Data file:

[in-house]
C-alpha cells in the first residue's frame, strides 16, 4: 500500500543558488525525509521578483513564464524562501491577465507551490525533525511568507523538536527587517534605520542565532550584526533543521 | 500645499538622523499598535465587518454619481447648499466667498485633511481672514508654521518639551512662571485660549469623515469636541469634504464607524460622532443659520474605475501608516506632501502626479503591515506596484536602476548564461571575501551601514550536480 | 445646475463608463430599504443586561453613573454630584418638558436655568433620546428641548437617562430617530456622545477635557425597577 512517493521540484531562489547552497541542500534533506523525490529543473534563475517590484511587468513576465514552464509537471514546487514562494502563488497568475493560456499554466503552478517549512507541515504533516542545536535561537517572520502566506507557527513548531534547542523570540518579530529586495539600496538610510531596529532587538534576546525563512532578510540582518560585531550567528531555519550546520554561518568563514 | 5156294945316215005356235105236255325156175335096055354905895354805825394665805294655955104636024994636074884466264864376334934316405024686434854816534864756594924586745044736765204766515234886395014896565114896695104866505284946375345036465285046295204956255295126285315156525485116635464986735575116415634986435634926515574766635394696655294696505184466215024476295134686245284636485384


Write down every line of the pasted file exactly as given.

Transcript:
[in-house]
C-alpha cells in the first residue's frame, strides 16, 4: 500500500543558488525525509521578483513564464524562501491577465507551490525533525511568507523538536527587517534605520542565532550584526533543521 | 500645499538622523499598535465587518454619481447648499466667498485633511481672514508654521518639551512662571485660549469623515469636541469634504464607524460622532443659520474605475501608516506632501502626479503591515506596484536602476548564461571575501551601514550536480 | 445646475463608463430599504443586561453613573454630584418638558436655568433620546428641548437617562430617530456622545477635557425597577 512517493521540484531562489547552497541542500534533506523525490529543473534563475517590484511587468513576465514552464509537471514546487514562494502563488497568475493560456499554466503552478517549512507541515504533516542545536535561537517572520502566506507557527513548531534547542523570540518579530529586495539600496538610510531596529532587538534576546525563512532578510540582518560585531550567528531555519550546520554561518568563514 | 5156294945316215005356235105236255325156175335096055354905895354805825394665805294655955104636024994636074884466264864376334934316405024686434854816534864756594924586745044736765204766515234886395014896565114896695104866505284946375345036465285046295204956255295126285315156525485116635464986735575116415634986435634926515574766635394696655294696505184466215024476295134686245284636485384